Finding Peace — Manuscript Post #43
–Sessions: 32 of 53
Monday, September 14, 2009 11:00am
Blood Donation, Apheresis, Number 301
I told Elsie a story about something that happened since our previous session. The mother of one of our son’s friends called my wife. She was concerned that my wife and I were being too supportive of our son and his career plans. She specifically told my wife that she was concerned our son wouldn’t be successful. I wouldn’t dream of saying something like this to another parent. My wife thinks these parents are projecting their current and ongoing job concerns onto their student. They don’t support their student’s career plans and our support of our son upsets them.
I asked my wife what she thinks it means that I’m telling our son to do what he wants, and I actually mean it. She said something that I did not expect. She said “you don’t like to hear it, but you are supremely confident”. She said that I’m very confident about my career and that is why I tell our sons that they can do whatever they want. I was stunned. I was getting insights both at therapy and at home. I would not have thought of it that way. I don’t think of myself as confident, I really don’t.
I waited and asked about this later in the week to be sure I had heard her right. She told me the same thing. We talked about this issue again. I don’t want to be the person that tells my son he can’t do what he wants to do. If fate decides that my son can’t do what he wants, for whatever reason, so be it. And, how do I know he can’t succeed at whatever he chooses to do? Rather than trying to control what he does, I had contacted two persons I know that had succeeded in the career my son was pursuing. I had prepared a list of questions for them on how I could best help my son succeed.
Elsie listened to all of this, and didn’t say a lot. She did say that our being supportive of our son and my finding resources that could help him are wonderful.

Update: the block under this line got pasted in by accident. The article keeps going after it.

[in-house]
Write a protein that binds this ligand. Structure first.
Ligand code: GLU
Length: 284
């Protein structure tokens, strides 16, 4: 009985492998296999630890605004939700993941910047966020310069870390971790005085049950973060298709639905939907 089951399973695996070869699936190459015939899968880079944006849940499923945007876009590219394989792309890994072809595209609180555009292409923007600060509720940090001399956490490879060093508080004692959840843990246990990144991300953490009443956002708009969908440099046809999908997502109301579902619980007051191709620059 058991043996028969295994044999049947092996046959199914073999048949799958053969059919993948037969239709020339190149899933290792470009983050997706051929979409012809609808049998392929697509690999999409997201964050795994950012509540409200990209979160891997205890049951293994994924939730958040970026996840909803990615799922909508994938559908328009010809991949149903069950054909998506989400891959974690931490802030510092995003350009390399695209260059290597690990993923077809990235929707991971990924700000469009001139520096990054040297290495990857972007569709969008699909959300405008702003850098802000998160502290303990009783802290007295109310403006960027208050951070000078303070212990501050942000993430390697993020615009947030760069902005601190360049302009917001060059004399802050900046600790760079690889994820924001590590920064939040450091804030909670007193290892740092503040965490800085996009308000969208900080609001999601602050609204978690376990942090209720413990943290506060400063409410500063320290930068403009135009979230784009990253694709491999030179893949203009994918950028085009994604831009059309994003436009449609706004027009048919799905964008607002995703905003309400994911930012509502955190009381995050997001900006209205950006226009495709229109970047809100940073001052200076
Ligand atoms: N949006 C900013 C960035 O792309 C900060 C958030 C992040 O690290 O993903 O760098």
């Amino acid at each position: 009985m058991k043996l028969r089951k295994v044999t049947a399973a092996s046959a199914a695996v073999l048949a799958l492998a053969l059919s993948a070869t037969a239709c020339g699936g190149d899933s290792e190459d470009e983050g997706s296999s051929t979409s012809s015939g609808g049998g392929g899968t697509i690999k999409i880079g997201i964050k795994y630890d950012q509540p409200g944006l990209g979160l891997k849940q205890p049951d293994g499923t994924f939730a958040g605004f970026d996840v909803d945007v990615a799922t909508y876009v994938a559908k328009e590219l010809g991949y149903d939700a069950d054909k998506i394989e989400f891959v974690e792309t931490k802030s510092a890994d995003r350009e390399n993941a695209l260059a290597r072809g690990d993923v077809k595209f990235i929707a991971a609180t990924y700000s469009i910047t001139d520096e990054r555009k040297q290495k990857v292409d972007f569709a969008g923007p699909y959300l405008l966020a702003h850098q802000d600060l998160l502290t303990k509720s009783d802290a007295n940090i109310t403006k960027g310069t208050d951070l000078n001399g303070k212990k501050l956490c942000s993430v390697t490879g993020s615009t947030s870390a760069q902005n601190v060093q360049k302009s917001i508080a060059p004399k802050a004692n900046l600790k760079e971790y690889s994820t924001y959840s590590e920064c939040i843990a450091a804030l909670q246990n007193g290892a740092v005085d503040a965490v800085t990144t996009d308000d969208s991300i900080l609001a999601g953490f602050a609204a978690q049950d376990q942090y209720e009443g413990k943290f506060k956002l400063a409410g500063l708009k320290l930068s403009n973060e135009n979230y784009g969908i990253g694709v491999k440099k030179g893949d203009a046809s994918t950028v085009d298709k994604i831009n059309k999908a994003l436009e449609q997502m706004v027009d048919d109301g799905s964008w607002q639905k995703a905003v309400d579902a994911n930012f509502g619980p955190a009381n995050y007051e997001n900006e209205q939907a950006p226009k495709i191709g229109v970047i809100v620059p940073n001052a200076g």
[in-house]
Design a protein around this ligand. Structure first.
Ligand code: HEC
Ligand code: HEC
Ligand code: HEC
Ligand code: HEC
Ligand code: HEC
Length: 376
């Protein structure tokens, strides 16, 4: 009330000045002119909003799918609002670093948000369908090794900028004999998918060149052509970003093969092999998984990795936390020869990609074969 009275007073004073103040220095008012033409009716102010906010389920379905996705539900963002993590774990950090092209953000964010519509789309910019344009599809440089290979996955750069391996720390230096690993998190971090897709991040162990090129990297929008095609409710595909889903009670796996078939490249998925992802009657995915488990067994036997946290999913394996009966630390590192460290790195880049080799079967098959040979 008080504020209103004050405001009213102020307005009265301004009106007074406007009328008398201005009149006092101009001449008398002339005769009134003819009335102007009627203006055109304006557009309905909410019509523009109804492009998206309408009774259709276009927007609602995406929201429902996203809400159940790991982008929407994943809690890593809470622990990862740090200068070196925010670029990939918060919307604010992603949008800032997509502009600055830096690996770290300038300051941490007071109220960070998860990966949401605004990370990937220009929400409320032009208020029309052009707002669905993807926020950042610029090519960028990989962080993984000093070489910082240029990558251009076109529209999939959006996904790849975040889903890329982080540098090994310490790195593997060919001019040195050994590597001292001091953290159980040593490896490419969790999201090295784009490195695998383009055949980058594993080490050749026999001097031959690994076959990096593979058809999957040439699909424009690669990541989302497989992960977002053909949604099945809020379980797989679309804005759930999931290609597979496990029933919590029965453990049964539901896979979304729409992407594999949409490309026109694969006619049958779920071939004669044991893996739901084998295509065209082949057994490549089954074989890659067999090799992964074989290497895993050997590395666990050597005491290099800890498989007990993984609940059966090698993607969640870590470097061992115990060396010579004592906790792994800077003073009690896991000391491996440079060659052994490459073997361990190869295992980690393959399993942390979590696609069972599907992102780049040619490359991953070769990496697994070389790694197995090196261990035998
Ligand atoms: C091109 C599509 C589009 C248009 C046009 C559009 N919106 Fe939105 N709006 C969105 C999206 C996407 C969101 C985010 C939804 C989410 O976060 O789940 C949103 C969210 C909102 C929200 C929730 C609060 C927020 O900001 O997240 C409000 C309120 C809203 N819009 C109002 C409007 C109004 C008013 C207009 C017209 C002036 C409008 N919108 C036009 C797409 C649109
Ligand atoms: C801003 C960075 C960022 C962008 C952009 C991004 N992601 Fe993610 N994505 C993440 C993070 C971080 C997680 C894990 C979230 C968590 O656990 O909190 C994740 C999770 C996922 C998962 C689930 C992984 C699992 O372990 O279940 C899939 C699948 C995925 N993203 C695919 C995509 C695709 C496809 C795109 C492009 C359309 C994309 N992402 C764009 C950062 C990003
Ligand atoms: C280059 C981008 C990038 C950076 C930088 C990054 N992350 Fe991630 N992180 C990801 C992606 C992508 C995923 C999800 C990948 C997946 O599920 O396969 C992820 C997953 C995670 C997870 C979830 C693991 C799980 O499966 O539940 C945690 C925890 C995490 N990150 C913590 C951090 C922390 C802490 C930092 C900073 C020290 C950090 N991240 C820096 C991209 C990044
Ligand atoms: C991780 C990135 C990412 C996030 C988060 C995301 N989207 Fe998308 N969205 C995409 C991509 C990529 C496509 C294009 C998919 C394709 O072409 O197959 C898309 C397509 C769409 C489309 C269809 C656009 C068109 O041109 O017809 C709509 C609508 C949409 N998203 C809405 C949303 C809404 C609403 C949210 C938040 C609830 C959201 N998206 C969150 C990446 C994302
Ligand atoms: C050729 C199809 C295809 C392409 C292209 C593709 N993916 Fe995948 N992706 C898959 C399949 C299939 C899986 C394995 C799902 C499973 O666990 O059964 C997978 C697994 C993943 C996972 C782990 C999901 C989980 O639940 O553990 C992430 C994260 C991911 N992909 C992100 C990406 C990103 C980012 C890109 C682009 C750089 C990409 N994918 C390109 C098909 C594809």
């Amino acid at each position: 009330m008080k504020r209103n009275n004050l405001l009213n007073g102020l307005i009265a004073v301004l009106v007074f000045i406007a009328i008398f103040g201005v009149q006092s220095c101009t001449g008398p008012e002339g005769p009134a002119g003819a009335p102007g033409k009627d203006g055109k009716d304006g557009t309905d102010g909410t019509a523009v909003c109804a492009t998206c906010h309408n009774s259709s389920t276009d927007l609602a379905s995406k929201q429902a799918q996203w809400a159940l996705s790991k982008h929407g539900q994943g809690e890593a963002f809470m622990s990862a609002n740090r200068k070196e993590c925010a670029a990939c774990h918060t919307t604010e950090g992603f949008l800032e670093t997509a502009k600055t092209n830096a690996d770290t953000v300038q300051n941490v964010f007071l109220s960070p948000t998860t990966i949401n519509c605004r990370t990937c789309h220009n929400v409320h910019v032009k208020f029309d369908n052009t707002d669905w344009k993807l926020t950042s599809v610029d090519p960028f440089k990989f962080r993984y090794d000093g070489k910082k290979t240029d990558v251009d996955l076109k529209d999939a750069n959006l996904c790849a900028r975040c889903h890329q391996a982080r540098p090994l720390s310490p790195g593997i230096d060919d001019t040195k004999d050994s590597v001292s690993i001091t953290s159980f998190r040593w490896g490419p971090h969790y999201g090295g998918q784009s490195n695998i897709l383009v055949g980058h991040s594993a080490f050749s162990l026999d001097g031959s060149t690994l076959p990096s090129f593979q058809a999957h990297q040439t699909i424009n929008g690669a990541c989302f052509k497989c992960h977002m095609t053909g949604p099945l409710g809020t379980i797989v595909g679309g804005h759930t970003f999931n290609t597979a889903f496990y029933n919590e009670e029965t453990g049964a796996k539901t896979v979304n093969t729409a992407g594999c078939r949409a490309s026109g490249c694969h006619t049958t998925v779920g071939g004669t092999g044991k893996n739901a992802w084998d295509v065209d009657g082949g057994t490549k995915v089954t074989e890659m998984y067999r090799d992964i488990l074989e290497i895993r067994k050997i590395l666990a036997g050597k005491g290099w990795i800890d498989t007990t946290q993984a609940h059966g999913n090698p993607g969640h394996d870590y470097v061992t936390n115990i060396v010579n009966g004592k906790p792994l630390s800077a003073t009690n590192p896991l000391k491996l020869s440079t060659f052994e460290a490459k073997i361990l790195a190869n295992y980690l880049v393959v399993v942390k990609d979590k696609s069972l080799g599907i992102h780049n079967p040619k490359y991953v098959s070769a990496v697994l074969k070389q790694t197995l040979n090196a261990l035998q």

I had been wanting to ask her about why therapy works so well. Why does it help so much to simply talk about things? Elsie had a lot to say about this question. Talking about what I experienced growing up provides support and validation for what I was feeling. Talking about what I experienced goes against all the rules of ACA, that we don’t talk about what is going on, that we don’t talk about our feelings. Talking is the opposite of what I saw growing up. Talking about what happened refutes the denial I saw. Talking in therapy is a safe place to explore what happened.
As the time between therapy sessions increased, so did the amount of stuff that happened between sessions.
After this session, I got a voicemail from Snap, he wanted to discuss our mother’s condition. She was still in the hospital, still planning to be home in a few weeks. The financial situation continued to get more complex. He told me that at one point they had someone come to the apartment to care for my mother. This person stole some checks and a credit card, and used both. This meant there were more unpaid debts than I thought. He had also done another payday loan. He needed more cash. He told me that the Social Security checks had stopped all together. It was not clear why. I tried to ask, but I didn’t get any usable answers. I’m not sure if he didn’t know or just didn’t want to tell me.
I deposited cash into his checking account, but, it turns out his bank takes any money that comes into the account to pay off the accumulated debt. He told me he didn’t know about this. He wanted me to deposit more money, but I refused, I don’t see the point if the bank will simply take the money. He doesn’t know how much he owes the bank for a series of cash advances he took after the checks were stolen. I have a hard time following all the stories, and I’m not sure I’m getting the same story from day to day. There are so many debts and so many unknown debtors. How did this get so messed up?